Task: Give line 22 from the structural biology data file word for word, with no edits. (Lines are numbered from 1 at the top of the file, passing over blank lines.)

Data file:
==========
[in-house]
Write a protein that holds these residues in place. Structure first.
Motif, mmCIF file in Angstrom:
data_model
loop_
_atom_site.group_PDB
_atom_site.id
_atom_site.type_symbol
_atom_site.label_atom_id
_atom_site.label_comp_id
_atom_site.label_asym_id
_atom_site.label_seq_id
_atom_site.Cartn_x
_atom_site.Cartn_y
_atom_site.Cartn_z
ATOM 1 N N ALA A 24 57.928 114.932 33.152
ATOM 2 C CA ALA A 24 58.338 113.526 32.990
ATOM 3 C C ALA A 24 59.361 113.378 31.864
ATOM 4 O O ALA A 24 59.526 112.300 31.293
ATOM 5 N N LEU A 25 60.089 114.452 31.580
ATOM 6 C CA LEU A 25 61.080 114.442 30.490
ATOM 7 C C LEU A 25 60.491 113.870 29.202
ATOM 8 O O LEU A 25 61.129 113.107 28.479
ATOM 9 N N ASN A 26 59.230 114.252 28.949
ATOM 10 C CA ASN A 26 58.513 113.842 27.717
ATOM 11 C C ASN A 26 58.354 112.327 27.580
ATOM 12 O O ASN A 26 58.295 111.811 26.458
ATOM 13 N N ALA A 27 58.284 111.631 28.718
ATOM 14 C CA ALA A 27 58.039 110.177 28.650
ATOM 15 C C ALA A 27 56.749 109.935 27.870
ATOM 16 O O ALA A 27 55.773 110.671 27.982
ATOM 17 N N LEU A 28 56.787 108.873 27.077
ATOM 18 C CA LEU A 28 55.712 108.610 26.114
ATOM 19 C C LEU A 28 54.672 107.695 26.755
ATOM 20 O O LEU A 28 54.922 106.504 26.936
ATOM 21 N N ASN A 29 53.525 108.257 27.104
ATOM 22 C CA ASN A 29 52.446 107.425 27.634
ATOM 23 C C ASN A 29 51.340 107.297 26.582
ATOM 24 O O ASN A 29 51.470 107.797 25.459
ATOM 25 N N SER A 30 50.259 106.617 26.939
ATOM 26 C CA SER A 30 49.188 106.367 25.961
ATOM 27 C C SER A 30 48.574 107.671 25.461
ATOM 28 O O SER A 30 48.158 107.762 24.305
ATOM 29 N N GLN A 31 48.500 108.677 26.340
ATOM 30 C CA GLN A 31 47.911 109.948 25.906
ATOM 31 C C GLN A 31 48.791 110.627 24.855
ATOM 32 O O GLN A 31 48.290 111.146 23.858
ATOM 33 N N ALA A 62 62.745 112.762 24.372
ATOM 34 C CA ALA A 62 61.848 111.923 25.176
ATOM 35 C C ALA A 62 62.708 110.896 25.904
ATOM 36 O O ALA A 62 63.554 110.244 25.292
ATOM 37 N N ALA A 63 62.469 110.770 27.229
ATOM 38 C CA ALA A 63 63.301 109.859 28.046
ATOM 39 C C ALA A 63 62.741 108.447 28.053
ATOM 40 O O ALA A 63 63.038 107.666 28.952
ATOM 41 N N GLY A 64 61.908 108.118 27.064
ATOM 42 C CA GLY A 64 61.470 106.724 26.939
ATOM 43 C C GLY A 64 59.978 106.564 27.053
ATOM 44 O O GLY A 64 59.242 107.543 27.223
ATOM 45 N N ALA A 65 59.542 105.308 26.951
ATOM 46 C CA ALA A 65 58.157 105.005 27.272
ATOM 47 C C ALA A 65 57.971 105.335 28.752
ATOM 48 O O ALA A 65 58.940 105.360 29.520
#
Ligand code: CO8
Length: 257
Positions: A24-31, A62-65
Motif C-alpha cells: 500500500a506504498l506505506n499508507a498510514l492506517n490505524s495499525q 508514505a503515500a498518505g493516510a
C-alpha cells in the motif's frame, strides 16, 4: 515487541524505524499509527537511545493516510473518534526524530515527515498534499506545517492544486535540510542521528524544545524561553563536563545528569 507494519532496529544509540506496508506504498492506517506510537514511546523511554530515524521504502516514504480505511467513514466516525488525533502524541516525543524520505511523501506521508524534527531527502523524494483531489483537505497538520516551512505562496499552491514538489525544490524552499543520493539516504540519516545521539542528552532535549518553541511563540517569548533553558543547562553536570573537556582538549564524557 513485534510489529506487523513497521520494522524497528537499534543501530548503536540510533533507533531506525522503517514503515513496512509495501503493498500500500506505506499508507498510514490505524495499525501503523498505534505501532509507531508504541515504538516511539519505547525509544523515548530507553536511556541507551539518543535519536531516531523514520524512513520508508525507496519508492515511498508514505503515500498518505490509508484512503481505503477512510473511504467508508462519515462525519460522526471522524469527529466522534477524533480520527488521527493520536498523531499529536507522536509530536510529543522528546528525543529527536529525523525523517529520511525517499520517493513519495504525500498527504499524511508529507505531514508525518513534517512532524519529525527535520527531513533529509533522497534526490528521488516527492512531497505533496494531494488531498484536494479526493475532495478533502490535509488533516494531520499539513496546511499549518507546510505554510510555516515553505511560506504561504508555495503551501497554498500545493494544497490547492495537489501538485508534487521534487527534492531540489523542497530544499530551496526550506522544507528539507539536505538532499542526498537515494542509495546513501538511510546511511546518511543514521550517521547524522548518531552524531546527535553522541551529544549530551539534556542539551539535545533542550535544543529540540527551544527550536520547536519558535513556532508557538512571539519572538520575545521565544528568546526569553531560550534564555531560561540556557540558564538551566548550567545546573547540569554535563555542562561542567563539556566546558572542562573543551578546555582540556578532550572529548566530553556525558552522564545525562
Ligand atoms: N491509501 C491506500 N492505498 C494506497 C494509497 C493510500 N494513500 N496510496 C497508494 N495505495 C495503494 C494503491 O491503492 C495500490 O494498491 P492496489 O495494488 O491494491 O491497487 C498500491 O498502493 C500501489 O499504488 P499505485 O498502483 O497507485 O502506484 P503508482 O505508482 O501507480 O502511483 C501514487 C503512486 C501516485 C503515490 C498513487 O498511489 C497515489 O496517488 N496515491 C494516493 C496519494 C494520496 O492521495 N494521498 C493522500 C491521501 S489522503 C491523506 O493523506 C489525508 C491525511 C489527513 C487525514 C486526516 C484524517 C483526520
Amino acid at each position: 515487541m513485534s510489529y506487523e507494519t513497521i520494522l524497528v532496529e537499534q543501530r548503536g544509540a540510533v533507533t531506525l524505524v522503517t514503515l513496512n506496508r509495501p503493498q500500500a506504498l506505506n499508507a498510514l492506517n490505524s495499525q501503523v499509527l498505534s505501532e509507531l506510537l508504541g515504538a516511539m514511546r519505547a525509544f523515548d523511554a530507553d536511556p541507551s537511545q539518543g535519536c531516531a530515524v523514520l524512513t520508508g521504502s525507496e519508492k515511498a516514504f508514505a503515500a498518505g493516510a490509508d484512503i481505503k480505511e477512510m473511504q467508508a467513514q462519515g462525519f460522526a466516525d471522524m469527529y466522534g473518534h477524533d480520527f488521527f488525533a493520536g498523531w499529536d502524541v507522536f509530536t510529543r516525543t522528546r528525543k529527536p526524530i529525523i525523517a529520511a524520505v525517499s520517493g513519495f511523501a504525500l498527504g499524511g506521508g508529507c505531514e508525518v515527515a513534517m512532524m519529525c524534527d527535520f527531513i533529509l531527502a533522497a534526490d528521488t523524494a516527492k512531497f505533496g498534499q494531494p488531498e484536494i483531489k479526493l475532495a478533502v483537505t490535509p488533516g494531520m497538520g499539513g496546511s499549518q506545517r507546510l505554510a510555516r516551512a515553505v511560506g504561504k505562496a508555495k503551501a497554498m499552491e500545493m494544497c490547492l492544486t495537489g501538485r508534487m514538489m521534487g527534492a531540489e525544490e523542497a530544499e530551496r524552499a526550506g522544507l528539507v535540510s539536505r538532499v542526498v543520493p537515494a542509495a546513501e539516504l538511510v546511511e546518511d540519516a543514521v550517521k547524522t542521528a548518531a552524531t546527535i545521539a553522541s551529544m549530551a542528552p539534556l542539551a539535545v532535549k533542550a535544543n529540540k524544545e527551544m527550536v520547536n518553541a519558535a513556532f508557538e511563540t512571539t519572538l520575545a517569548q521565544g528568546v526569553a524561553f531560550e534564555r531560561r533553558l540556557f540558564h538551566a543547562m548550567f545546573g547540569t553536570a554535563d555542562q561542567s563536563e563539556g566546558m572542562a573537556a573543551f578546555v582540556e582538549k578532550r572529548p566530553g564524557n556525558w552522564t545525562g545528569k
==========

ATOM 7 C C LEU A 25 60.491 113.870 29.202